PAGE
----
The title is a bit misleading. Tony Rice has penned music and lyrics for a few songs (including the one that leads off this album), but the title refers to his interpretations of the work of other singer/songwriters – although “Wayfaring Stranger” is a traditional folk song, author unknown.
Those who know Rice only from his nonpareil flatpicking, which was his sole job description in the original David Grisman Quintet and the subsequent Tony Rice Unit, may not be aware that he also ranks as one of the great bluegrass singers of all time. Unfortunately, mysterious medical problems caused his voice to fade to a hoarse whisper in recent years – no doubt helping inspire his excellent collaborations with Peter Rowan.
So, on the heels of the all-instrumental 58957: The Bluegrass Guitar Collection retrospective, this review of Rice as singer/guitarist is both logical and welcome.
Never one for genre restrictions, Rice comfortably dips into the catalogs of Dylan, Joni Mitchell, James Taylor, Mickey Newbury, and even John Mayall. Ian Tyson and Jerry Reed are also two of Rice’s favorites, and he’s probably the greatest interpreter ever of Gordon Lightfoot.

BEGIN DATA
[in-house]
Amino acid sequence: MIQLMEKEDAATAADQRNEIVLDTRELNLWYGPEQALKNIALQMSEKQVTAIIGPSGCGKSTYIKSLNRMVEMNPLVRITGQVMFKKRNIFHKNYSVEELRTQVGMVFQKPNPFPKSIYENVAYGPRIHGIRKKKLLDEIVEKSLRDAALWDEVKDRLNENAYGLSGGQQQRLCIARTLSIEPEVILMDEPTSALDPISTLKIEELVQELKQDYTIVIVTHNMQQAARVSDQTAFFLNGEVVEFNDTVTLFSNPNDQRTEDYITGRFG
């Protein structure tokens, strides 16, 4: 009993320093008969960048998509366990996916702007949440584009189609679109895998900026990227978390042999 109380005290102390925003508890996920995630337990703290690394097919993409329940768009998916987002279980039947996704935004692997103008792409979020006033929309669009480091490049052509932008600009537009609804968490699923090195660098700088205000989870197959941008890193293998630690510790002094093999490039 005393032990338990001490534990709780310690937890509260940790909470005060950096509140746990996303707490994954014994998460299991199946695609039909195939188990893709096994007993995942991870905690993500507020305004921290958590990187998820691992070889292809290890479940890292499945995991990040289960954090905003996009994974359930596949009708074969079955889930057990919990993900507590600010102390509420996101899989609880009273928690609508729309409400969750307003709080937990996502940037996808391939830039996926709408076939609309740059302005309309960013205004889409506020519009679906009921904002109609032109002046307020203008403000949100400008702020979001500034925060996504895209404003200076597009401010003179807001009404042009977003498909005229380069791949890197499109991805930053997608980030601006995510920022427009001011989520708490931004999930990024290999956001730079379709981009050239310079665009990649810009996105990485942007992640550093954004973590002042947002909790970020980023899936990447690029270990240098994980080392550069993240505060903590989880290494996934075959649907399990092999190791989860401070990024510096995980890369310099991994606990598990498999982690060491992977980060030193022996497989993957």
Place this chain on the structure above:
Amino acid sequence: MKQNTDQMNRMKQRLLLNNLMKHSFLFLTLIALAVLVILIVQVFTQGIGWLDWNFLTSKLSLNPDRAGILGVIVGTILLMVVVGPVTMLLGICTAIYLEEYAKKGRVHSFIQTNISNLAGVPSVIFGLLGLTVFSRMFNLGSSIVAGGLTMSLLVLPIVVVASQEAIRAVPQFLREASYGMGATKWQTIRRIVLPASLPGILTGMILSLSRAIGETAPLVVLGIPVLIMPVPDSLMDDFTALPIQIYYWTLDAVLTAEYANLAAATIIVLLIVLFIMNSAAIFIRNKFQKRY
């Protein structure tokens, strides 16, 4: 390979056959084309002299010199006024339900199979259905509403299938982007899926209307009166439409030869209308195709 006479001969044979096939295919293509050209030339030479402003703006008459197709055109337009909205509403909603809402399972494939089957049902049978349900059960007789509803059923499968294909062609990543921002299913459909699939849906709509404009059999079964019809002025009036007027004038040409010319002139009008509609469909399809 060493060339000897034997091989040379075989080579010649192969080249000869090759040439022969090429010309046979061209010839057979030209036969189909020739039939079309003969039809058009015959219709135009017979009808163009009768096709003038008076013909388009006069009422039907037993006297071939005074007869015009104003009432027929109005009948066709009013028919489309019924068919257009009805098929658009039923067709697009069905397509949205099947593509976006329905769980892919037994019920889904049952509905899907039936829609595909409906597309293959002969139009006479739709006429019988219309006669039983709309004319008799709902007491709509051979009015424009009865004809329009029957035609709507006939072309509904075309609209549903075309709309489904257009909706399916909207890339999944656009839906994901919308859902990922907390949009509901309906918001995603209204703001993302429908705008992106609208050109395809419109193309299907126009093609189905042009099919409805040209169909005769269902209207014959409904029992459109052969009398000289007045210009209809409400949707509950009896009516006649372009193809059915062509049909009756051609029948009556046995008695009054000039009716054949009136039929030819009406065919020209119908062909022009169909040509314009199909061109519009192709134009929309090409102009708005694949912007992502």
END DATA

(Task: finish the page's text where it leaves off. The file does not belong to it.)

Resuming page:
Unfortunately, most of the tracks are culled only from Native American and Me & My Guitar, with two from Cold On The Shoulder and none from the excellent Church Street Blues. Maybe it’s because the latter was a solo outing, and these are all ensemble arrangements (with folks like Jerry Douglas, Sam Bush, and Vassar Clements), but Ralph McTell’s “Streets Of London” or Hamilton Camp’s “Pride Of Man” would have fit perfectly here.
Ironically, the album’s standout is a surprisingly strong, previously unreleased rendition of Tom Waits’ “Pony,” cut with only piano backing, after Tony’s voice had begun to erode.
That Rice continues to dazzle on guitar is breathtaking; that the same person possessed a voice as bell-clear as his Martin puts him in a category shared by precious few.
This article originally appeared in VG‘s Oct. ’08 issue. All copyrights are by the author and Vintage Guitar magazine. Unauthorized replication or use is strictly prohibited.